#46
Right, so don't be limited to chord related notes
Aha so I went and played a little more, my head gradually started to create tunes often around mid ways through the song, I can also whistle a track that is kind of like an improv guitar line with songs now. The only trouble is I can't for the life of me replay whatever tune that came out of my mouth on the guitar.

I was just wondering as I was improvising, if I strictly followed the notes in the playing chord starting with the root, then whatever that comes after that I saw fit, that does technically make a walking bassline instead if I were to play it on the bass??
Is this why guitarists don't go for full consonance?
#47
Quote by notafishmonger
The only trouble is I can't for the life of me replay whatever tune that came out of my mouth on the guitar.?


That will come in time, just keep practicing .
#48
Quote by notafishmonger
Right, so don't be limited to chord related notes
Aha so I went and played a little more, my head gradually started to create tunes often around mid ways through the song, I can also whistle a track that is kind of like an improv guitar line with songs now. The only trouble is I can't for the life of me replay whatever tune that came out of my mouth on the guitar.

I was just wondering as I was improvising, if I strictly followed the notes in the playing chord starting with the root, then whatever that comes after that I saw fit, that does technically make a walking bassline instead if I were to play it on the bass??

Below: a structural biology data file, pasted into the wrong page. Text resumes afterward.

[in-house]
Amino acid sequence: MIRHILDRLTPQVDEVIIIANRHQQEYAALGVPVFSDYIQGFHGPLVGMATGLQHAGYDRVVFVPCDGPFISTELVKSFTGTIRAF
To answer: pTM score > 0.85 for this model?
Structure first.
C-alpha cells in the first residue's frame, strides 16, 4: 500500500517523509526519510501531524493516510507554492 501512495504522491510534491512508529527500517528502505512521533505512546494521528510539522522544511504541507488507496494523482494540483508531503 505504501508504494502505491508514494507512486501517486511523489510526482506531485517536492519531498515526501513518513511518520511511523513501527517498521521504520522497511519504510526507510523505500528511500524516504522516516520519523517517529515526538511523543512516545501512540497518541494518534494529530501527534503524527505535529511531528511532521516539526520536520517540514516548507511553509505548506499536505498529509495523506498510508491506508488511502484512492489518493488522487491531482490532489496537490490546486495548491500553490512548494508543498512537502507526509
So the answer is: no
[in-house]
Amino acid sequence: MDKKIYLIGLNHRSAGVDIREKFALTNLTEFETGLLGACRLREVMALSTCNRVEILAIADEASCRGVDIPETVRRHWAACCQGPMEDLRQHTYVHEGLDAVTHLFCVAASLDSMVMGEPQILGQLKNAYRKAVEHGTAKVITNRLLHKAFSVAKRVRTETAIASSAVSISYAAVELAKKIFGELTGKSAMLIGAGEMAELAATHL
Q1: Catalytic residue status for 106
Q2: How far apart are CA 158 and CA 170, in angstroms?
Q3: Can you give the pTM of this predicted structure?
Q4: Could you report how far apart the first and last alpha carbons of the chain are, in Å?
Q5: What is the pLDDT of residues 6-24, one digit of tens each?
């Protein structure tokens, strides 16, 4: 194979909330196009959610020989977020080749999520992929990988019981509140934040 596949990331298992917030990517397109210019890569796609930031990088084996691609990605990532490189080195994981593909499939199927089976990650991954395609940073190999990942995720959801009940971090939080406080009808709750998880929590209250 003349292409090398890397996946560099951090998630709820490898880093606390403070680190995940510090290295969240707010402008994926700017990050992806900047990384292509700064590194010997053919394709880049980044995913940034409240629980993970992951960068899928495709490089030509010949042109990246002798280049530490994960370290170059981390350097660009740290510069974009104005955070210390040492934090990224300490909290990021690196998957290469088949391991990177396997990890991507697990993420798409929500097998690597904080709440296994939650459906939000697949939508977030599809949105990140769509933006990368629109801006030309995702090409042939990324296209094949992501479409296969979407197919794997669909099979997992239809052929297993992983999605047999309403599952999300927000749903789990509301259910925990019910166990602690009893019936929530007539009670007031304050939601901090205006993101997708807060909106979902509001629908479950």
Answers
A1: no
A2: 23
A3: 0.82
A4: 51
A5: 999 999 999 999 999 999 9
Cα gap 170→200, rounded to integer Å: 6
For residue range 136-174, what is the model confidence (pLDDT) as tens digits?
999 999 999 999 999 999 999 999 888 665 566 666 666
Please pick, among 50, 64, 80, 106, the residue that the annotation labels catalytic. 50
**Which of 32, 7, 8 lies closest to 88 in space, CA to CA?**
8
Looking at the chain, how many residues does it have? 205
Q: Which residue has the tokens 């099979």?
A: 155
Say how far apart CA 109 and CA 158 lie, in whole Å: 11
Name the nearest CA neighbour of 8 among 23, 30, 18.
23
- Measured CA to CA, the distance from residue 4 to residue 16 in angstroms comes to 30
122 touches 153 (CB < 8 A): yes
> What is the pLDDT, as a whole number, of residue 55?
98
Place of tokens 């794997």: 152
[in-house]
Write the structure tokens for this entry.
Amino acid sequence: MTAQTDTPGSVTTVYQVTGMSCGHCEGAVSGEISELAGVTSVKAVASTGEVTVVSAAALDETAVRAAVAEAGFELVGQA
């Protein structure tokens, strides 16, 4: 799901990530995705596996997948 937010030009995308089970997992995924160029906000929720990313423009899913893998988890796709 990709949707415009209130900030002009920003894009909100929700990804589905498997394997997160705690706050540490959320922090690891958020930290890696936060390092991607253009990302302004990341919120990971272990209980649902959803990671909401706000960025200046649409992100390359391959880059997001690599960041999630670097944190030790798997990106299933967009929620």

Is this why guitarists don't go for full consonance?

There's nothing wrong with only playing consonant notes. If it sounds good, play it. But usually it starts to sound a bit boring if you only play consonant notes. It lacks the tension.

Not using any chord tones sounds bad because then there's only tension and no release. It will only sound like you can't play the guitar.

Oh, and to be able to play what you sing, learn the intervals. It helps a lot.
Quote by AlanHB
Just remember that there are no boring scales, just boring players.

Gear

Bach Stradivarius 37G
Charvel So Cal
Hartke HyDrive 210c
Ibanez BL70
Laney VC30
Tokai TB48
Yamaha FG720S-12
Yamaha P115
#49
Quote by notafishmonger
Aha so I went and played a little more, my head gradually started to create tunes often around mid ways through the song, I can also whistle a track that is kind of like an improv guitar line with songs now. The only trouble is I can't for the life of me replay whatever tune that came out of my mouth on the guitar.

It's great that you have some concrete tunes in your head when improvising. You're halfway there. As you said, the only thing left is to learn to play them on the guitar. And as has been also said, this is something which takes time.

Btw, improvisation isn't the only way to go here. Just think of some distinctive melody from a song you know well and try to play it. Technically, you will be doing the same thing you do when improvising. The only difference will be in skipping the part where you construct the melody yourself. But since that part doesn't seem to be where the problem is, I think you should give this exercise a try. Also, you may find it more entertaining. After all, you'll be playing songs you like.